Serious lack of judgment

Big lack of judgment

DAY

By sending photos of his sexual prowess to his teammates and friends, Logan Mailloux got his feet wet. All alone like a big one.

It's too easy to say that it was a youthful mistake. Because the 17-year-old teenager he was at the time of the events should have known that he was making a disrespectful and inappropriate gesture towards the young Swedish woman with whom he was in bed.

It wasn't because he wasn't educated enough, contrary to what he said yesterday.

By saying that, it was as if he had lived cut off from the world and that he hadn't listened to a word from the counselors who teach good behavior to young athletes.

Logan Mailloux lacked judgment, and, as he puts it so well, his stupid act will follow all his life. It will be the same for his victim, whom he treated in a degrading way.

The potential is there

As for the new management of the Canadian, it does not have to live with the burden left to it by the previous regime.

Jeff Gorton and Kent Hughes still have almost a year to decide whether or not they will offer Mailloux a contract.

Until then, they will see how Mailloux will evolve like nobody else.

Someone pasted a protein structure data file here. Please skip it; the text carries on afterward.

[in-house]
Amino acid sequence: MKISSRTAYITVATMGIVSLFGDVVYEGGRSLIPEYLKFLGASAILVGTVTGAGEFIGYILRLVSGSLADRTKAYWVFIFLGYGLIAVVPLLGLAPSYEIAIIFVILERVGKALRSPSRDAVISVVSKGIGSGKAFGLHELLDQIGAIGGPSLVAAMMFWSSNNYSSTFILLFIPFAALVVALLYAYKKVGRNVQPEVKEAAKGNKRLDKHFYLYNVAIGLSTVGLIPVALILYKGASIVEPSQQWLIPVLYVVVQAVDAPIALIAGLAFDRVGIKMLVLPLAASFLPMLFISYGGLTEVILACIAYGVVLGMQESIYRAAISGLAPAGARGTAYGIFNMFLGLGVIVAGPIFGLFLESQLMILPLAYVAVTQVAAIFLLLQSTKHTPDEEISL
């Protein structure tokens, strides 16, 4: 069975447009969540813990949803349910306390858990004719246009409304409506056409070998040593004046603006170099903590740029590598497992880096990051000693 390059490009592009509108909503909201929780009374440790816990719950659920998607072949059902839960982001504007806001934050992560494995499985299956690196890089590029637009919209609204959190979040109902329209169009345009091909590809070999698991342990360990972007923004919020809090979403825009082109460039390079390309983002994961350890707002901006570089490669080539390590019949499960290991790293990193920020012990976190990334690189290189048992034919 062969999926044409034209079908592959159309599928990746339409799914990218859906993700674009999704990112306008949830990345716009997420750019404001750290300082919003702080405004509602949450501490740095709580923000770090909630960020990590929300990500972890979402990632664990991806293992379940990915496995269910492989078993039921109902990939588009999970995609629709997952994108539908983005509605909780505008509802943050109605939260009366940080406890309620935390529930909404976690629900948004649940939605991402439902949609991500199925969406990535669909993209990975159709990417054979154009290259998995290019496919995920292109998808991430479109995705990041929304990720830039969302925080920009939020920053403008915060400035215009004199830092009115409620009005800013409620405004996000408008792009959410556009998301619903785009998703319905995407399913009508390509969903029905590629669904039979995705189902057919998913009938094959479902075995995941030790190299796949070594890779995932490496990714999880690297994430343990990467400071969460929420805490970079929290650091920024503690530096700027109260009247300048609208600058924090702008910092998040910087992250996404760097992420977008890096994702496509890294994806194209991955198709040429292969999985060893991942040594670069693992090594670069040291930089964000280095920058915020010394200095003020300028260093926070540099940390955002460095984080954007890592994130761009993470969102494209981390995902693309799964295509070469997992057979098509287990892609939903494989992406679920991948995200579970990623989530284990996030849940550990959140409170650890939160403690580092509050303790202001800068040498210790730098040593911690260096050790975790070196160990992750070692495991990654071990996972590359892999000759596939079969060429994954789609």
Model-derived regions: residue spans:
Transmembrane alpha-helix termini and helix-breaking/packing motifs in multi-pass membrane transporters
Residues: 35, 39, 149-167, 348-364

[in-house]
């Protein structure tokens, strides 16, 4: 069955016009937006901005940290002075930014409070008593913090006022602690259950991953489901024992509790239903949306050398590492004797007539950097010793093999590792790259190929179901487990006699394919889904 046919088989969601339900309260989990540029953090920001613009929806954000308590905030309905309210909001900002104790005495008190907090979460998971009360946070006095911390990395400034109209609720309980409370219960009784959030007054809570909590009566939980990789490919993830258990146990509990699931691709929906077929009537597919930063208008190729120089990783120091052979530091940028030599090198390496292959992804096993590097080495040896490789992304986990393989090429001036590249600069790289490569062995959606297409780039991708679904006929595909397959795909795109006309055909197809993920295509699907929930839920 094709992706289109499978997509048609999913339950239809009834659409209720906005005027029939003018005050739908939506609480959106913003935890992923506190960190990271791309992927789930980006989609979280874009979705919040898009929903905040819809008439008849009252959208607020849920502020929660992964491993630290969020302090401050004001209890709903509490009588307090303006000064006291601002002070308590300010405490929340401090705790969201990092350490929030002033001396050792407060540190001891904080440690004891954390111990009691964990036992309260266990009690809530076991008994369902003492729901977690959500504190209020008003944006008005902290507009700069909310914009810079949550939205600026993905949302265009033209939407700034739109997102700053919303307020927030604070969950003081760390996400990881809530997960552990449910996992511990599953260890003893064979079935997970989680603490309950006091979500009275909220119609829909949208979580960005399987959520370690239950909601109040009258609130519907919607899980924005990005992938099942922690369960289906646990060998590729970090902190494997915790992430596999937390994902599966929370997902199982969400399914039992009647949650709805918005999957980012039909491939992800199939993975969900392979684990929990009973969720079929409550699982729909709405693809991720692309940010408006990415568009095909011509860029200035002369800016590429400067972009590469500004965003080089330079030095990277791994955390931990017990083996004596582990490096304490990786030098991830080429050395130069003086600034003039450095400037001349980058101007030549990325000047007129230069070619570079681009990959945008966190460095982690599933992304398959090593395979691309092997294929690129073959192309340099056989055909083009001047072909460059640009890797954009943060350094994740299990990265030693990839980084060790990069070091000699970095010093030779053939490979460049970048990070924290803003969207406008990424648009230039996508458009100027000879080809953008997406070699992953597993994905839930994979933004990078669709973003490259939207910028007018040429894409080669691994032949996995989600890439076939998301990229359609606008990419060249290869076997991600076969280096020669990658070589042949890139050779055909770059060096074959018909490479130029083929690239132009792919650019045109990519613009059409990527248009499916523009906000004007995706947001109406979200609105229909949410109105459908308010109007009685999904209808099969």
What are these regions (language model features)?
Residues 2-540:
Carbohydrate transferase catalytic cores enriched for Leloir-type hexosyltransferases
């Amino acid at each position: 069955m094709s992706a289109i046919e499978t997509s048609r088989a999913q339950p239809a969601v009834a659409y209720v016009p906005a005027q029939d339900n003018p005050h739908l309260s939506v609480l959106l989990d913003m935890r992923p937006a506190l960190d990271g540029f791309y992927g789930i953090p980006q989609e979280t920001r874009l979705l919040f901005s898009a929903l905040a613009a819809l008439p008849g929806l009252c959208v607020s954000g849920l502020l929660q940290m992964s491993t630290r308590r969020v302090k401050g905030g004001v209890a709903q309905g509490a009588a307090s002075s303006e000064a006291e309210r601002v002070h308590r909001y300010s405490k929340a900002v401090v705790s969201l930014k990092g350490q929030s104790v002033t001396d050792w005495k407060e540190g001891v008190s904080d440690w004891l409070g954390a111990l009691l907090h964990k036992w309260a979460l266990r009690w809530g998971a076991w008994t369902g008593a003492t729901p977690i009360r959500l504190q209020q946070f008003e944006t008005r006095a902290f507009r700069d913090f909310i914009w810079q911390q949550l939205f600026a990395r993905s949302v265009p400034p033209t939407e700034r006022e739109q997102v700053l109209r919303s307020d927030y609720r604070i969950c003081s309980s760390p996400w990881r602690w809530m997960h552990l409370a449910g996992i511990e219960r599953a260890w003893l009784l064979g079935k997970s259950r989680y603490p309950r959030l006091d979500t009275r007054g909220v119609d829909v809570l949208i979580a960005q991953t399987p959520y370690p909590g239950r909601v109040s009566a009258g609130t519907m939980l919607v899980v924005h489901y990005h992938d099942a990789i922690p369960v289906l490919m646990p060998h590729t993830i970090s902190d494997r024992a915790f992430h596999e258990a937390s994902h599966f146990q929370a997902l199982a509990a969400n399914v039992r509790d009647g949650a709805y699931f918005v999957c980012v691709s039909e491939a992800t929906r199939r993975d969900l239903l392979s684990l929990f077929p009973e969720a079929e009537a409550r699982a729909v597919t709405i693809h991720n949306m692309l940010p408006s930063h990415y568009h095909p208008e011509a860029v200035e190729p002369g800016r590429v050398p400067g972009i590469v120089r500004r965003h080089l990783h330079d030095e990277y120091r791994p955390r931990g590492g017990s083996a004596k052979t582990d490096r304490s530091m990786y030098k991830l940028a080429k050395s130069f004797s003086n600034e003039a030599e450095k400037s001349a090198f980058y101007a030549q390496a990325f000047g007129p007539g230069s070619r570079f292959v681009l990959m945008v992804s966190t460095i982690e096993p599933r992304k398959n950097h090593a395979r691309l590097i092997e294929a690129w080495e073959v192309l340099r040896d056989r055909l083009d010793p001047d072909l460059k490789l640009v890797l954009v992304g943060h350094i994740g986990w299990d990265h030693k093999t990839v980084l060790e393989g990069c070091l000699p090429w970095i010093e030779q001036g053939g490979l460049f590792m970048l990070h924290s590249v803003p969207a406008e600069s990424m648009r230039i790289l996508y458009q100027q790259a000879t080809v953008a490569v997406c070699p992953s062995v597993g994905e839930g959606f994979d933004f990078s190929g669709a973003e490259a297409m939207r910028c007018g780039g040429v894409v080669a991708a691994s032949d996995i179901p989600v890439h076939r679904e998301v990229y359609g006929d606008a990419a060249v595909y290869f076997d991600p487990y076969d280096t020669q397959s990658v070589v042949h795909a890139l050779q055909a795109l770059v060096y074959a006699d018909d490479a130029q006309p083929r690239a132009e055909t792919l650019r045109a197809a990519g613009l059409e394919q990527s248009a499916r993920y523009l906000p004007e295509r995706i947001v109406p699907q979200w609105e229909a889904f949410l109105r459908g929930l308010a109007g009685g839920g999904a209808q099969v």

As for the hockey player, the director of player development of the Canadiens, Rob Ramage, does not doubt that Mailloux has the potential to reach the National League.

Ramage, who presented himself to the sides of the young Ontarian yesterday, has its own story.

Almost 20 years ago, while driving while impaired, he had an accident which caused the death of the former Chicago Blackhawks defenseman and ex-coach Keith Magnuson, who was traveling with him.

He was sentenced to four years in prison; he was released on his second request for release.

What will the Canadian do?

The Canadian's decision in the Mailloux case will certainly create waves. There will be protests if she grants what could be called 'a second chance' to the 19-year-old defender.

If management thinks it is better to cut ties with him, there will be some to say that justice has been done.

The subject is extremely tricky.

In Sweden, where Mailloux was facing criminal charges, the court fined him $2,000. The Ontario Junior League suspended him indefinitely before reinstating him in January.

Has he been punished enough?

When you look at the case of the engineer Simon Houle, we say that the Court was too lenient with him. 

Is there a danger that Mailloux will do it again?

He does not never say never, but he seems to have realized the extent of his fault.

He has had his lesson and is entitled to a chance.